While staying at the house of my sailing friend, Dorie, I picked up a two year old copy of one of her professional journals. A picture of a handsome bearded man caught my attention. Apparently he was a journalist turned screenwriter. His name is Mark Boal and like me he asked himself a rhetorical question, “Am I confident?”
Unlike Mark’s answer to this question, which was ‘no,’ I am at least somewhat confident. Mark asked himself this question during an interview with Vanessa M. Gerari for a Fall/Winter 2016 article in the Columbia Journalism Review. Mark explained his position in these words. “You hit your thirties and you go fuck it. It’s now or never.”
Considering that I am 70, I had to laugh at his youthful spirit. If an interviewer asks me if I am confident about continuing my quest to sail alone to faraway places, my honest answer is ‘well sort of.’ My confidence is a mixture of yes and no. I am certain I can afford to purchase a seaworthy sailboat. I am certain I can leave my house for a few years. I am certain I can sail.
Sailing and seamanship are different. I can make a boat go upwind, trim for speed, tack, jibe and drop an anchor. Seasmanship requires much more than that. Am I smart enough to predict counter currents, weather and foreign aids to navigation? Sure, I safely entered and exited harbors alone while I transitted the Bahamas, Turks and Dominican Republic. My GPS was dependable. What if it breaks and I have to rely strictly on visual navigation? Just writing about my seamanship insecurities is causing stress.
Pardon me while I take 5 deep breaths.
In through my mouth, hold a second or two, exhale slowly.
Again and again then two more iterations.
Wow, now in a more relaxed state I remember what John Marples, designer of my previously owned trimaran advised. Unhesitatingly he said, “Buy 2 or 3 portable hand held GPS units for back up.” Sounds like a simple solution (as long as the batteries stay charged).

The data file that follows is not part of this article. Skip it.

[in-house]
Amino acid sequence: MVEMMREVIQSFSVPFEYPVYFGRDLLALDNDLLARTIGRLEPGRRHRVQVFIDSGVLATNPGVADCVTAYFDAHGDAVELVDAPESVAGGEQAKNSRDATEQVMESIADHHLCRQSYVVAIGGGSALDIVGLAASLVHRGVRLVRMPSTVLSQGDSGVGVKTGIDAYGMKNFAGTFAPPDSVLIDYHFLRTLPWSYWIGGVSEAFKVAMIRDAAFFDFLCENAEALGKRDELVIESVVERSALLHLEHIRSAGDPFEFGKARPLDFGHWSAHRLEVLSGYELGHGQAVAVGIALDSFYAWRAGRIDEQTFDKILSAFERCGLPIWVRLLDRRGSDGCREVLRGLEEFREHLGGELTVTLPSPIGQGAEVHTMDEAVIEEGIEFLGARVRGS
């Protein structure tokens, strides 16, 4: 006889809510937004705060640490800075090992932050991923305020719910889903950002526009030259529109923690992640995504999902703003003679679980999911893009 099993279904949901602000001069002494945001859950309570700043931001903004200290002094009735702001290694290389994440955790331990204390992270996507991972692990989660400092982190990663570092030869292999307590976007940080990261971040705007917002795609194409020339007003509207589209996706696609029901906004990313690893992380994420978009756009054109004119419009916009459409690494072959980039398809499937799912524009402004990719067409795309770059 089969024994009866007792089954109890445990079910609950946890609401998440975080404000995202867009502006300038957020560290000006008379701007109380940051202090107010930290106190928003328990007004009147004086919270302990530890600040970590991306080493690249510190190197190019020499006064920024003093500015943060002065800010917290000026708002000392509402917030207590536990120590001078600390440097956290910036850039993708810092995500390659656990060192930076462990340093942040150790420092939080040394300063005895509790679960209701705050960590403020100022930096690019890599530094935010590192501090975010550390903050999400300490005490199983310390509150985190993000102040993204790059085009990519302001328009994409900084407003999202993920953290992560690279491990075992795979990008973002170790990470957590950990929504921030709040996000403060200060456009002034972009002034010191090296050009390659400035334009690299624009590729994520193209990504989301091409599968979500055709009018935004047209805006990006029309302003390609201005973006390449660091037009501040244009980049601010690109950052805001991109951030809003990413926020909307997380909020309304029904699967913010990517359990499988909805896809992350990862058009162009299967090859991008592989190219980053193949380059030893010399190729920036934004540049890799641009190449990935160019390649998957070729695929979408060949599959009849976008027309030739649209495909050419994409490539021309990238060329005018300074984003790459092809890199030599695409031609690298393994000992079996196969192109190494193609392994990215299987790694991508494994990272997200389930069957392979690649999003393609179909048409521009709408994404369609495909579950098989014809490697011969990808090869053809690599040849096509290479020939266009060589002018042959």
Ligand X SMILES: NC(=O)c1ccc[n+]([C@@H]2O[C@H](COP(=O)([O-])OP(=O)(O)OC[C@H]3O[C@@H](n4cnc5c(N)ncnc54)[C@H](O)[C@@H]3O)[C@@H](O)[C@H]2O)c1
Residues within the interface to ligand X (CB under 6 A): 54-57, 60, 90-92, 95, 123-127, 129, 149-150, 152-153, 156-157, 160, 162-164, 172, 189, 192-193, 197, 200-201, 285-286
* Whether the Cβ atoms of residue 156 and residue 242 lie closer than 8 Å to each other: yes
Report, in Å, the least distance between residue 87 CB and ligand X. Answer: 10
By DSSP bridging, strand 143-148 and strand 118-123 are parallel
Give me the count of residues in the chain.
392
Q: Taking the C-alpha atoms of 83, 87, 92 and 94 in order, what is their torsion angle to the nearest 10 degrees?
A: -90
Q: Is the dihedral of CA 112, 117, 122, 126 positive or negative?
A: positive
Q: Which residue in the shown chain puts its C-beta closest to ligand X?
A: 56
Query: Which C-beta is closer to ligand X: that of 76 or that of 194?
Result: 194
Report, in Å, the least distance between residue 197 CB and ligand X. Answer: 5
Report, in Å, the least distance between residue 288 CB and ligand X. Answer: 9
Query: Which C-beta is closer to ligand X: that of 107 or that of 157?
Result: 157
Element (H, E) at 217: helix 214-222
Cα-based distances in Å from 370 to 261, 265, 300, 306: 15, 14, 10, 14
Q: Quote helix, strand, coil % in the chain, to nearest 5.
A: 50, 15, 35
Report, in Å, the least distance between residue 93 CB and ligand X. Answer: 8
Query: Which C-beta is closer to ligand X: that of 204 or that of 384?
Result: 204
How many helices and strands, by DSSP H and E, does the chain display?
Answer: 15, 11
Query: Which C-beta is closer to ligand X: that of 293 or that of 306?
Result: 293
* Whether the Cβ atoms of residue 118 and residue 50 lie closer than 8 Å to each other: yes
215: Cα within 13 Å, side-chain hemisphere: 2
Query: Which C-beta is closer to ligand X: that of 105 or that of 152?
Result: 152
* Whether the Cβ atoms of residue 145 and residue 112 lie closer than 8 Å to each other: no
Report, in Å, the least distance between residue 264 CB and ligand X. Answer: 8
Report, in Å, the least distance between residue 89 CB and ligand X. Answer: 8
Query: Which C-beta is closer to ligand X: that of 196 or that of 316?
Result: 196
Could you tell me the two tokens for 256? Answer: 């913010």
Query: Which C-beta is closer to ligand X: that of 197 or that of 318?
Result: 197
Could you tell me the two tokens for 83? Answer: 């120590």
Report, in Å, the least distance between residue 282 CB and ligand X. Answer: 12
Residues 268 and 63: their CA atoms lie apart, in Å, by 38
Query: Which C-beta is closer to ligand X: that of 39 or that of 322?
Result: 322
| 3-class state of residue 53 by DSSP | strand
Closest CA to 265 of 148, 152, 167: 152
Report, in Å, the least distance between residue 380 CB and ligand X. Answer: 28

Speculation about the myriad of wrongful possibilities leads to prevention planning. What better place to plan than here inside my 24-foot land yacht, outfitted by my beloved Ronald O, which his family generously left for me. So it is that my indomitable spirit proclaims it is now or never.
(PS, that is BEAR in the picture. He is my land yacht companion gifted to me from Colorado friend, Norine. He certainly looks better than a selfie of me at this hour of the morning).
About 15 days have passed since I ventured into this journey from my comfy country cabin in southern Colorado to the world’s best humidifier (Florida). Boat shopping and hanging with girlfriends and family has been a whirlwind. Regardless of how my days are being planned the norm is driving a minimum of 100 miles.
This journey’s purpose transformed from a vision into reality on September 28. After two days of drive/rest/drive/east in an iterative relaxing rotation, Bear, Teddy and I safely arrived at the Blue Water Bay Marina Complex in Niceville, Florida. Spending the night in their parking lot provided a welcome respite. I have all the essentials in my 24 foot long Mercedes sprinter van. The twelve day preparation period for this journey, as you may have read on my previous blogs, was an emotional nightmare.
From the daily trauma of waking up each morning in widowhood to budgeting for a preferred future, to appreciating family and friends, the journey reminds me I am a lucky gal. Those who I believe are my friends, are acting like friends. These woman live intriguing lives. From my sister who has become my best friend, to my sailing/dinner making friends Pat, Linda n Maryanne, to my ladies coffee and wine Wednesday crew, to my teaching colleagues and to my newest, most musically inclined cowgirls n hiking buds, Debbie, C. Phyllis, Marsha, Polly Judy, Mary, and Deb G.,,,,I am blessed. —oh yea and my cousins Ann, Necee and Nori are the best!
Just so everyone knows here is the immediate plan.
Nov. 4- 7 dentist and friends
Nov. 8- 11 sailing conference
No. 15 – 18 sailing conference
Between dates I am shopping for the next legendary sailing craft and visiting folks not yet on the schedule.
Also so you know this is the minimum boat criteria:
35 to 45 feet in length
bluewater, structurally sound
ready to sail,,,NO fixer upper